The extent of the “relationship” necessary to satisfy the second element is the source of scholarly debate and has given rise to the two different standards. Advocates for the “next best” standard, including the Ninth Circuit, find support in the trust law origins of the cy pres doctrine, including that the name itself derives from the Norman French expression meaning, “as near as possible.” Advocates for the “reasonably approximate” standard, including several district courts in the Second Circuit, find support in §3.07(c) of the American Law Institute’s publication, Principles of the Law of Aggregate Litigation, which states that before a court approves a cy pres designation, it “should require the parties to identify a recipient whose interests reasonably approximate those being pursued by the class.”

With this foundation, the district court evaluated the following factors to help inform its decision on the appropriate cy pres standard: (a) the relative purposes of trust and class action cy pres designations; (b) the effectiveness of each standard in protecting the interests of class members; and (c) the potential that each standard would have for promoting judicial efficiency.

First, the court found that the purposes of trust and class action cy pres were sufficiently different to make the court wary of importing the trust concept wholesale into the context of class action settlements. For example, the court noted that the trust law goal of preserving the grantor’s original purpose carried less force in class action settlements because the ultimate goal – compensating the class members – had almost already been achieved at the point when further distributions to class members are not feasible.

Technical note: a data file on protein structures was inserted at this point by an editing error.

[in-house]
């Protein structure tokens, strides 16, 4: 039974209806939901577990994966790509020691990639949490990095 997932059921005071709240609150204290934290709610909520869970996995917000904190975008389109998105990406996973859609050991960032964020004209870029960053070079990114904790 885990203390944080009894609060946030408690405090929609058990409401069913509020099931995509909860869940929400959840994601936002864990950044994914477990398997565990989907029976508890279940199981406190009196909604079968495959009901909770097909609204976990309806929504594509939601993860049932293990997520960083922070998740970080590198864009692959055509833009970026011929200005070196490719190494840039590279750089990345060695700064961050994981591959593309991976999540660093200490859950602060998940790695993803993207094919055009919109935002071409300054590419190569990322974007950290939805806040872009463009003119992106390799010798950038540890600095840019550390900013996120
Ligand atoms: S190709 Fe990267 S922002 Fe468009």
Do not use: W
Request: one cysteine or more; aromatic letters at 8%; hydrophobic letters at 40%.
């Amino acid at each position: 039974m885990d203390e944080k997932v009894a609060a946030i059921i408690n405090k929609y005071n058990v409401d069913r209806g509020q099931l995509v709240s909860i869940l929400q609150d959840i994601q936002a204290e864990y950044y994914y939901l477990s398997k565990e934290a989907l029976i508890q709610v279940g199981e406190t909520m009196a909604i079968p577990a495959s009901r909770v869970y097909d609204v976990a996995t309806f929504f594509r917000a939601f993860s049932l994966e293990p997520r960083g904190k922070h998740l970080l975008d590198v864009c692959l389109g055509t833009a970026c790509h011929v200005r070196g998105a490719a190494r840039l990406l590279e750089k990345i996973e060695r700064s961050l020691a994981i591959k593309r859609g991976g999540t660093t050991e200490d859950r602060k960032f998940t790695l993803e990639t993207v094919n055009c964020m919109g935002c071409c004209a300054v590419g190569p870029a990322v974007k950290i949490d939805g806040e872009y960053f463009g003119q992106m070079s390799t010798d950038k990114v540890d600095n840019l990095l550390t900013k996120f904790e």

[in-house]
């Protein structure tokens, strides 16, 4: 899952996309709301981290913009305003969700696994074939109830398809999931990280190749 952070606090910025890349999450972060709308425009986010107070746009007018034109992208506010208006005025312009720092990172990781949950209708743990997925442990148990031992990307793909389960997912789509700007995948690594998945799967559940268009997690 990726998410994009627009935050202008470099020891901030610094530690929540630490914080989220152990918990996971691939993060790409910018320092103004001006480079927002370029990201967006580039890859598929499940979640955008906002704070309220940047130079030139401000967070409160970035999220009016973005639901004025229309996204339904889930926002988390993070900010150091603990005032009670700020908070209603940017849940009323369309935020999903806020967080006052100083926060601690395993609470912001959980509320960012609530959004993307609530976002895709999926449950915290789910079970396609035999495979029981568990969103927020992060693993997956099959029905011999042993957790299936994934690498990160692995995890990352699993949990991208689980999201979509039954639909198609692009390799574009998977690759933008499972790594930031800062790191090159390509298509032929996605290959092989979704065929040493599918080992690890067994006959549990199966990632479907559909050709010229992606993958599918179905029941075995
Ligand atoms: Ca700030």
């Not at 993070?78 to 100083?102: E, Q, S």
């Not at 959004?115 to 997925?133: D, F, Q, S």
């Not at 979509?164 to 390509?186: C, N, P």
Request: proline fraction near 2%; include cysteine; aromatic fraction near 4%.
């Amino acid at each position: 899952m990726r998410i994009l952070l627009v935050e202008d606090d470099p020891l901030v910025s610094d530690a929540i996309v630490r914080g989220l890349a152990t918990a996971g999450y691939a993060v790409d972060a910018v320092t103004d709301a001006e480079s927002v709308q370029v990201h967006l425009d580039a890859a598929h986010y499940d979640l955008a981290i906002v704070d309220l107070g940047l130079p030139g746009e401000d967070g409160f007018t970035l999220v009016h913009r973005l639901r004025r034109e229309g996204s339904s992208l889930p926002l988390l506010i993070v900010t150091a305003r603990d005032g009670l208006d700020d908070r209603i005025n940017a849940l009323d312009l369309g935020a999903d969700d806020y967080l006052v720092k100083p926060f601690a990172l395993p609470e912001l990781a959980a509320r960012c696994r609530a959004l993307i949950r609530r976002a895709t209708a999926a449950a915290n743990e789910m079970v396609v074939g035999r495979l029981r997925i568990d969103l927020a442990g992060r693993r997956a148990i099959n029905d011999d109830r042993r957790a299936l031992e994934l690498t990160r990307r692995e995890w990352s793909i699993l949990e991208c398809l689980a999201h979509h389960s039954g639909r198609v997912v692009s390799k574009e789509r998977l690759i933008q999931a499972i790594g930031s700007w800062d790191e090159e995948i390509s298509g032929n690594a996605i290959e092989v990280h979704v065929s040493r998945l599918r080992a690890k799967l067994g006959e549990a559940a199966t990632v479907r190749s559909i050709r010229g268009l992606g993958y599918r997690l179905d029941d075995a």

Next, the court determined that neither standard was effective in maximizing class members’ recovery from a settlement fund. The court reasoned that the best way to protect the interests of the class is to focus on when cy pres awards are deployed – not to limit to whom they may be deployed – by insisting that such designations occur only when it is no longer feasible to distribute funds to the class. Moreover, the court observed that by the time cy pres designations are made at the tail end of the litigation, the risk that class counsel might harm the class by acting on hypothetical conflicts of interest in selecting designees was too low to justify adoption of the more stringent “next best” standard. The court commented that at the end of the litigation, “class counsel has presumably already proved worthy of the court’s trust” and “is entitled to a certain amount of leeway.”

Finally, the court concluded that the next best standard would tax judicial resources and expose the court to the appearance of impropriety by embroiling the court in policy disputes judging the comparative worth of our nation’s public interest organizations about which courts have no knowledge.

Based on the foregoing, the court adopted the “reasonable approximate” standard because it best preserves the court’s broad supervisory powers regarding the administration and allocation of settlement funds and provides the court with needed flexibility to review cy pres designations by class counsel. The court then proceeded to reevaluate each of the designees proposed by lead counsel to determine whether they reasonably approximated the interests of the class, approved all three of them, and authorized lead counsel to make the distributions from the remaining settlement funds.

In Re Citigroup, Inc. Securities Litigation, No. 07-cv-9901 (S.D. N.Y. August 9, 2016)